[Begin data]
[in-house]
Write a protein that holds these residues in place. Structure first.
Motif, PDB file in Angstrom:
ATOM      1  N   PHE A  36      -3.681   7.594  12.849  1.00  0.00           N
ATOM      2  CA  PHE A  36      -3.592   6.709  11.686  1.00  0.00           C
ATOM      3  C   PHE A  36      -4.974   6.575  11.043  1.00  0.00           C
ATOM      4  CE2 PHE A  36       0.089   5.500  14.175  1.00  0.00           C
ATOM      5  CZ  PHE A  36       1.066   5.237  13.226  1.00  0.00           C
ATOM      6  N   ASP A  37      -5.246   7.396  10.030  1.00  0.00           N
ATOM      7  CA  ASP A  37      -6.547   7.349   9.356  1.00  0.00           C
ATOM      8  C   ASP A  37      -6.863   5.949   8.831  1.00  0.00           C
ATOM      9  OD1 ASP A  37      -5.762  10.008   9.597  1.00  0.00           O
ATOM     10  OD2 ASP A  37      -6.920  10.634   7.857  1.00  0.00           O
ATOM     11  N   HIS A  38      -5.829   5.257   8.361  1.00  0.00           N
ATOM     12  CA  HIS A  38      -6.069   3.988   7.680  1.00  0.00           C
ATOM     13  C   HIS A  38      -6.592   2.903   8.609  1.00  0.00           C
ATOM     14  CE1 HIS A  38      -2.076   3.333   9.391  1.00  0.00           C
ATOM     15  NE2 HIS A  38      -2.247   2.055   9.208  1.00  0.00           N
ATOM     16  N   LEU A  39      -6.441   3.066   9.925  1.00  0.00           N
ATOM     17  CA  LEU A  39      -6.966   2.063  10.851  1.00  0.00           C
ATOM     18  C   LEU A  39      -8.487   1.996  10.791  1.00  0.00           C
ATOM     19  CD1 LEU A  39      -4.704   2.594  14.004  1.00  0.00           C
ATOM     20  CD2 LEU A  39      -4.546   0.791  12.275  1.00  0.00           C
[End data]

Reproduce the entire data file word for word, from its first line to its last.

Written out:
[in-house]
Write a protein that holds these residues in place. Structure first.
Motif, PDB file in Angstrom:
ATOM      1  N   PHE A  36      -3.681   7.594  12.849  1.00  0.00           N
ATOM      2  CA  PHE A  36      -3.592   6.709  11.686  1.00  0.00           C
ATOM      3  C   PHE A  36      -4.974   6.575  11.043  1.00  0.00           C
ATOM      4  CE2 PHE A  36       0.089   5.500  14.175  1.00  0.00           C
ATOM      5  CZ  PHE A  36       1.066   5.237  13.226  1.00  0.00           C
ATOM      6  N   ASP A  37      -5.246   7.396  10.030  1.00  0.00           N
ATOM      7  CA  ASP A  37      -6.547   7.349   9.356  1.00  0.00           C
ATOM      8  C   ASP A  37      -6.863   5.949   8.831  1.00  0.00           C
ATOM      9  OD1 ASP A  37      -5.762  10.008   9.597  1.00  0.00           O
ATOM     10  OD2 ASP A  37      -6.920  10.634   7.857  1.00  0.00           O
ATOM     11  N   HIS A  38      -5.829   5.257   8.361  1.00  0.00           N
ATOM     12  CA  HIS A  38      -6.069   3.988   7.680  1.00  0.00           C
ATOM     13  C   HIS A  38      -6.592   2.903   8.609  1.00  0.00           C
ATOM     14  CE1 HIS A  38      -2.076   3.333   9.391  1.00  0.00           C
ATOM     15  NE2 HIS A  38      -2.247   2.055   9.208  1.00  0.00           N
ATOM     16  N   LEU A  39      -6.441   3.066   9.925  1.00  0.00           N
ATOM     17  CA  LEU A  39      -6.966   2.063  10.851  1.00  0.00           C
ATOM     18  C   LEU A  39      -8.487   1.996  10.791  1.00  0.00           C
ATOM     19  CD1 LEU A  39      -4.704   2.594  14.004  1.00  0.00           C
ATOM     20  CD2 LEU A  39      -4.546   0.791  12.275  1.00  0.00           C